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Germany needs to exit coal by 2030 to meet Paris Agreement 1.5˚C limit: report

Germany needs to exit coal by 2030 to meet Paris Agreement 1.5˚C limit: report

A new Climate Analytics report shows for the first time that Germany will need to rapidly exit coal from electricity generation by 2030, as part of the global coal exit by 2050 the IPCC shows is needed to meet the Paris Agreement 1.5°C limit, and this will also bring massive health benefits."Read more and download report here (Coal Phase Out Germany [852])":/briefings/coal-phase-out-germany/
24 October 2018


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Coal Phase Out

Coal is the most carbon intensive fossil fuel and phasing it out is a key step to achieve the emissions reductions needed to limit global warming to 1.5°C, as enshrined in the Paris Agreement. Our research shows that the EU and OECD countries must stop burning coal for electricity by 2030, China by 2040 and the rest of the world by mid-century in order to meet commitments made in Paris in the most cost effective manner.

1.5°C - key facts

Since 2009 over a hundred Small Island Developing States, Least Developed Countries and many others have been calling for limiting global temperature rise to below 1.5°C above pre-industrial levels. Placing the 1.5°C limit alongside the legally binding goal to hold global temperatures “well below 2°C above pre-industrial levels” in the Paris Agreement was a major victory for vulnerable countries. This page is an information pool for material around the 1.5°C temperature limit.



RegioClim is an online tool that gives non-expert users simple access to regional climate projections for all African countries for five climate indicators: temperature, hot extremes, precipitation, wet extremes and 5-day wet extremes. Its key feature is the ability to access projections not just at the national but also at the province level.


All Events

ISIpedia indicator workshop in Eastern Europe

This workshop aims to facilitate exchange between stakeholders and modellers in order to identify and derive relevant indicators (sectoral and/or cross-sectoral) within the possibilities of ISIMIP data.  

28-30.11.2018 Krakow, Poland

Media coverage

All Media coverage
The Dire Warnings of the United Nations’ Latest Climate-Change Report

The Dire Warnings of the United Nations’ Latest Climate-Change ReportThe New Yorker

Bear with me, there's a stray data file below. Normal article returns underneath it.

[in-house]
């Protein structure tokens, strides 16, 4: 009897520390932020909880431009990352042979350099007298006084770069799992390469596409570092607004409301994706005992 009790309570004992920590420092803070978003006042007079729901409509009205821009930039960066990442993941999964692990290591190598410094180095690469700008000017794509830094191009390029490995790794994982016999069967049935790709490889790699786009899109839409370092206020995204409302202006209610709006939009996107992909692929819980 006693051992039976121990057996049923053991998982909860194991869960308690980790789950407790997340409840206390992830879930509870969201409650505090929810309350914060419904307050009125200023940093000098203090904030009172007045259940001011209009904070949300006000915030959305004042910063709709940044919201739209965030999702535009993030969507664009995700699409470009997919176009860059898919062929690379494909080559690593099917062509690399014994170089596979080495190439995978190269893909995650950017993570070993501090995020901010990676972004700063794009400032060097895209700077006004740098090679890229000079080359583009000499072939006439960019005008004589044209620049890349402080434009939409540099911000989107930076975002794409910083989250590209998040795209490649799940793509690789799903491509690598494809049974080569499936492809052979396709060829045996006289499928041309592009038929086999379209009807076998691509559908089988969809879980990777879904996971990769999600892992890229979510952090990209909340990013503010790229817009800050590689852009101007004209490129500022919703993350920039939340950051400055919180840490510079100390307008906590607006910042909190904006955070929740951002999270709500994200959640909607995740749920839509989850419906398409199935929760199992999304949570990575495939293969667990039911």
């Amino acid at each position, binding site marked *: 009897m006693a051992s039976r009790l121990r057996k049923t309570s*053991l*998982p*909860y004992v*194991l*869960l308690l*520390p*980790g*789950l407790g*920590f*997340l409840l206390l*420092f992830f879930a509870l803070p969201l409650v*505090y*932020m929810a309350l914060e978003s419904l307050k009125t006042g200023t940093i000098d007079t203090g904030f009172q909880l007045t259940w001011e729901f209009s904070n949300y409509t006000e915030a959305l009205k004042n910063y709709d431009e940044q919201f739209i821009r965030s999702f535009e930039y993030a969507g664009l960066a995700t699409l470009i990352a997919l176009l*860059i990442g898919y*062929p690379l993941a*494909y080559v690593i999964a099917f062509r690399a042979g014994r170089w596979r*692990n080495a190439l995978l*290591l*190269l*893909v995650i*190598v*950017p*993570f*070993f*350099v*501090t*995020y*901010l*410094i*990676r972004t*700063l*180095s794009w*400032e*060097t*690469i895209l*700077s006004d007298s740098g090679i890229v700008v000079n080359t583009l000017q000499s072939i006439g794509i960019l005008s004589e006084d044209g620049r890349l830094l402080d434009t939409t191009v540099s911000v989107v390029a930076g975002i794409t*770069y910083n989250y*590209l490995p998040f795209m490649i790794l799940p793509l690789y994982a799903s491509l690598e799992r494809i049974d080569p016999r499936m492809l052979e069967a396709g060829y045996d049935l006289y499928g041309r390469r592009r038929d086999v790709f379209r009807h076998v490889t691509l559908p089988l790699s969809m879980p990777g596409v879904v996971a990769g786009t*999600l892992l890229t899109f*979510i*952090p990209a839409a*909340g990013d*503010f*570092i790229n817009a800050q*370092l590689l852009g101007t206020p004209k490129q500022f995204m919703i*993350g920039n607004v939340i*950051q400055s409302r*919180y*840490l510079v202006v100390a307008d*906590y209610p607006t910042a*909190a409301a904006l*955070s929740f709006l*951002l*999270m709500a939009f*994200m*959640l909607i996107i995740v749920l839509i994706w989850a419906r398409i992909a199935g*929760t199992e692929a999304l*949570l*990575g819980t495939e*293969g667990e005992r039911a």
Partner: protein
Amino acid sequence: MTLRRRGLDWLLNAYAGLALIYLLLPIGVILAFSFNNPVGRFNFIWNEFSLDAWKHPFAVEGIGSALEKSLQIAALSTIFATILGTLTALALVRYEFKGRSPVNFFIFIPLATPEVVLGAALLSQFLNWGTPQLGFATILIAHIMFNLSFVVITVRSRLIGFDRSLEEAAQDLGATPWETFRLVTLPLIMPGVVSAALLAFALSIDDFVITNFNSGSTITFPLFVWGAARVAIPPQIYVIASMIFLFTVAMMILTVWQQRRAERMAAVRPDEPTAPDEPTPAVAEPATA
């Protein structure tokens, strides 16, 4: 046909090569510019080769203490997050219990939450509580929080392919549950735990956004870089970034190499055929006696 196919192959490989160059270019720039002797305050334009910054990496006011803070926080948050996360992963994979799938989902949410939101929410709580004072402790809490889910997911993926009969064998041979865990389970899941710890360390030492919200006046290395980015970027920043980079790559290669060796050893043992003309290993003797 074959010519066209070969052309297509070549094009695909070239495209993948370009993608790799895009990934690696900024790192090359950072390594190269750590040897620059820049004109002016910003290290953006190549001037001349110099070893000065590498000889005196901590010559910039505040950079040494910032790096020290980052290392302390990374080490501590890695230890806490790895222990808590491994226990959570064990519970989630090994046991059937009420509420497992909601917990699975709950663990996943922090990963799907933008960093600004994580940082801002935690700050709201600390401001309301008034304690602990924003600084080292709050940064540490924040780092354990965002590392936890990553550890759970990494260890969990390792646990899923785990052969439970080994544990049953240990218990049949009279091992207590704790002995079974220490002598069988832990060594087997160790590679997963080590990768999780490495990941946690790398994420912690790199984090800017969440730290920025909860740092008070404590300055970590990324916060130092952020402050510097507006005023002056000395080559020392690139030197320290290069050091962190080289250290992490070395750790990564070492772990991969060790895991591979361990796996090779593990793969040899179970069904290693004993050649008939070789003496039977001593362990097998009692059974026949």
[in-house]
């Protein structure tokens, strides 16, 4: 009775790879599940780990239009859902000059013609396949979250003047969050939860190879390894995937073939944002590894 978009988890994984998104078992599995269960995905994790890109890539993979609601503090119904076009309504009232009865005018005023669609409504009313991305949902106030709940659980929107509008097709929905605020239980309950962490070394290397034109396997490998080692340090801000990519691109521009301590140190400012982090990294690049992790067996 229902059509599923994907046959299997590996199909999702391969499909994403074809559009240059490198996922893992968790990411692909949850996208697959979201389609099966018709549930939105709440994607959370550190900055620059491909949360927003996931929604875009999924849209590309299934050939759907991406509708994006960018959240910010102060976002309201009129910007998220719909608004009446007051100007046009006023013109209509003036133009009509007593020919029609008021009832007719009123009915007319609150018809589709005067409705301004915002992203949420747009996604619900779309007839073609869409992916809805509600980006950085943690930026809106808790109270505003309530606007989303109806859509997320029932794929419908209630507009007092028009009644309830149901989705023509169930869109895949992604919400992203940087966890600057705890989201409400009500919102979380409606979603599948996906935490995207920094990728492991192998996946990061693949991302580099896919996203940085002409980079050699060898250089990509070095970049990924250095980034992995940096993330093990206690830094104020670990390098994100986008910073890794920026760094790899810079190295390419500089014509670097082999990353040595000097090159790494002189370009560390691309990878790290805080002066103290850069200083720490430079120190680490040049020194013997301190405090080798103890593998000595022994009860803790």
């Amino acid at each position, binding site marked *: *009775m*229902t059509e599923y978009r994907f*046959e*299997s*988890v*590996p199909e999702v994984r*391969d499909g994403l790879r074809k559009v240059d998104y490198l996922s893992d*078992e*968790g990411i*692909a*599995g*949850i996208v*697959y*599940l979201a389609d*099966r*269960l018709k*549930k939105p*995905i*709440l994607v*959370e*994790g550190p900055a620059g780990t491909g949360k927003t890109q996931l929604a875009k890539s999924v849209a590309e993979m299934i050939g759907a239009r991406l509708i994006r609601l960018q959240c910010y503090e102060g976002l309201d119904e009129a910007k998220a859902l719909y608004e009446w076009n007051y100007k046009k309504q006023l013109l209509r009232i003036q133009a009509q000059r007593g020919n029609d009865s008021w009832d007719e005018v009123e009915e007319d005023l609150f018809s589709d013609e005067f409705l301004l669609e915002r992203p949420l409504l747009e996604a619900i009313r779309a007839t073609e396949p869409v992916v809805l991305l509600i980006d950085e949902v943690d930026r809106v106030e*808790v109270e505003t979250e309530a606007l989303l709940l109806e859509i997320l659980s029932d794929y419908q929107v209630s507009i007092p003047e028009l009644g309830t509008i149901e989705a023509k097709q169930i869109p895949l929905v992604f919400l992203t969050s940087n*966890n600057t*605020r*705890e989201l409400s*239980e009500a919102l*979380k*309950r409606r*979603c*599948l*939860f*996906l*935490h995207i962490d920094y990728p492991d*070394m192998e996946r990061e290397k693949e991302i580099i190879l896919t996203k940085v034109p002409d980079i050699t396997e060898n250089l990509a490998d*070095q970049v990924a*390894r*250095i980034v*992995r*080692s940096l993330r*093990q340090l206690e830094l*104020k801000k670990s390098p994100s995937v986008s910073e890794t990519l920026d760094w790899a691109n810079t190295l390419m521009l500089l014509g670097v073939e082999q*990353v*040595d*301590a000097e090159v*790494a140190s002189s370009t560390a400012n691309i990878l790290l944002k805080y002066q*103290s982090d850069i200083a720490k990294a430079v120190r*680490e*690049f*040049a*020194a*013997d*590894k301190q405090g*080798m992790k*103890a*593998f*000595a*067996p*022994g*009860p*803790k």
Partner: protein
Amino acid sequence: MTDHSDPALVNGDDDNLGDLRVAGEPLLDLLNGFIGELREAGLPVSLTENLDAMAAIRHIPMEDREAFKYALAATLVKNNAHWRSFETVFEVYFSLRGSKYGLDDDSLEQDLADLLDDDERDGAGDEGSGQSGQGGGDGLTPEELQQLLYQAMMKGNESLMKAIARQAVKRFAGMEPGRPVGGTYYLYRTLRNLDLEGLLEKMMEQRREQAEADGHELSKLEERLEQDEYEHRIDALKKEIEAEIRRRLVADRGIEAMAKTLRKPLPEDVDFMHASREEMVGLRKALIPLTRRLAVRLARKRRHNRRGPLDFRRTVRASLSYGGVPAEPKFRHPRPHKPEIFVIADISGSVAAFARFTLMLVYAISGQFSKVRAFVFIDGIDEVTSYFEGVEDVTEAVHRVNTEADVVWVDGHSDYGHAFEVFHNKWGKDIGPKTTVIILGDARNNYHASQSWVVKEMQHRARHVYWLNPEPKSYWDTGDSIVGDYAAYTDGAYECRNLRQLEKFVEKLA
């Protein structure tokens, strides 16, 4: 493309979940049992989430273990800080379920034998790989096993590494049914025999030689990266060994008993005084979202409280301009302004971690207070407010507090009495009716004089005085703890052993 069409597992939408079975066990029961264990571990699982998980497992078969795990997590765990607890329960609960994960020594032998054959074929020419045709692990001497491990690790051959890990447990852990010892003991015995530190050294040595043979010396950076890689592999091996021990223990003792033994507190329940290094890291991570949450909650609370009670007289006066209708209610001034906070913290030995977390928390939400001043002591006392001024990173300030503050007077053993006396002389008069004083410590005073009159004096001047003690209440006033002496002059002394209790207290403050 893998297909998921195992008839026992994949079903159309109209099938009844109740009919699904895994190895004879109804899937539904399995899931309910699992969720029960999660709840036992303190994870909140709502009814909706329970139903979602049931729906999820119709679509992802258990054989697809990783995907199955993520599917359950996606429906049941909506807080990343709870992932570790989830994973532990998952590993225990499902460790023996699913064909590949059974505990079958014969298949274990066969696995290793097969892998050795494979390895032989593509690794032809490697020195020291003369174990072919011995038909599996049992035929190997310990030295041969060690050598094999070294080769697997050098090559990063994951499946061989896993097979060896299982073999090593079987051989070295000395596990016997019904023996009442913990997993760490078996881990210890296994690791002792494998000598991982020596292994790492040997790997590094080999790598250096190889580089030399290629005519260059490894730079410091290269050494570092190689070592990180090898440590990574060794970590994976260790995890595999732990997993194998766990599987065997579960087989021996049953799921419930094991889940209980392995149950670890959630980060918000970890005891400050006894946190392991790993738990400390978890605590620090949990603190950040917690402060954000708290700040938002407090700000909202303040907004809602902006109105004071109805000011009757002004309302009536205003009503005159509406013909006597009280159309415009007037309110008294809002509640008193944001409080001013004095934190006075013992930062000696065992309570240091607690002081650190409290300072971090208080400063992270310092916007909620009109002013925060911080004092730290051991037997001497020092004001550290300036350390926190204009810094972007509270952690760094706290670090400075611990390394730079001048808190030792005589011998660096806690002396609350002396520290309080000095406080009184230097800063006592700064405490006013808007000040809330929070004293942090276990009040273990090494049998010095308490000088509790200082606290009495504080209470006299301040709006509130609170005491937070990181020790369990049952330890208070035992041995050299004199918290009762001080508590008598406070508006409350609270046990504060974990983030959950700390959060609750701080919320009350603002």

The New Yorker coverage of the IPCC special report on 1.5°C, quoting Climate Analytics' Dr Adelle Thomas. “Robust scientific literature now shows that there are significant differences between 1.5 and 2 degrees,” Adelle Thomas, a geographer from the Bahamas and also one of the report’s lead authors, told me. “The scientific consensus is really strong. It’s not just a political slogan: ‘1.5 to stay alive.’ It’s true.”

08 October 2018

Major Climate Report Describes a Strong Risk of Crisis as Early as 2040

Major Climate Report Describes a Strong Risk of Crisis as Early as 2040The New York Times

INCHEON, South Korea — A landmark report from the United Nations’ scientific panel on climate change paints a far more dire picture of the immediate consequences of climate change than previously thought and says that avoiding the damage requires transforming the world economy at a speed and scale that has “no documented historic precedent.” The report “is quite a shock, and quite concerning,” said Bill Hare, an author of previous I.P.C.C. reports and a physicist with Climate Analytics, a nonprofit organization. “We were not aware of this just a few years ago.”

07 October 2018

UN report: 'Unprecedented changes' needed to protect Earth from global warming

UN report: 'Unprecedented changes' needed to protect Earth from global warmingUSA Today

A landmark report released Sunday from the world's top climate change group said "rapid, far-reaching and unprecedented changes in all aspects of society" are required to ward off the worst impacts of global warming. This report shows the longer we wait, "the more difficult, the more expensive and the more dangerous it will be,” said Bill Hare, a physicist with the nonprofit group Climate Analytics.

07 October 2018


Integrated Assessment Models of climate change mitigation, assessed in IPCC Special Report on Global Warming of 1.5°C (IPCC SR1.5), show a large spectrum of 1.5°C- compatible pathways that limit warming to this level during the century, or exceed it by only a limited amount of less than 0.1°C (“low overshoot”). This Climate Analytics submission to the Talanoa Dialogue, which unpacks in some detail the implications of these pathways.  
Germany needs to phase coal out of its electricity sector by 2030 to meet its obligations under the Paris Agreement. This is earlier than the dates discussed so far by the Coal Commission, a body established to come up with a coal exit plan by the end of 2018.If Germany follows the Paris Agreement compatible pathway we propose here, it can also make significant steps towards meeting its 2020 emission reduction targets – something seen as impossible at the moment.Under a planned and structured coal phase out, energy security and reliability of electricity supply is not expected to be a major concern and will be manageable. As well as reduced health impacts, a coal exit from electricity generation by 2030 in Germany will bring added benefits in job creation, helping to smooth the transition to a zero-carbon energy system.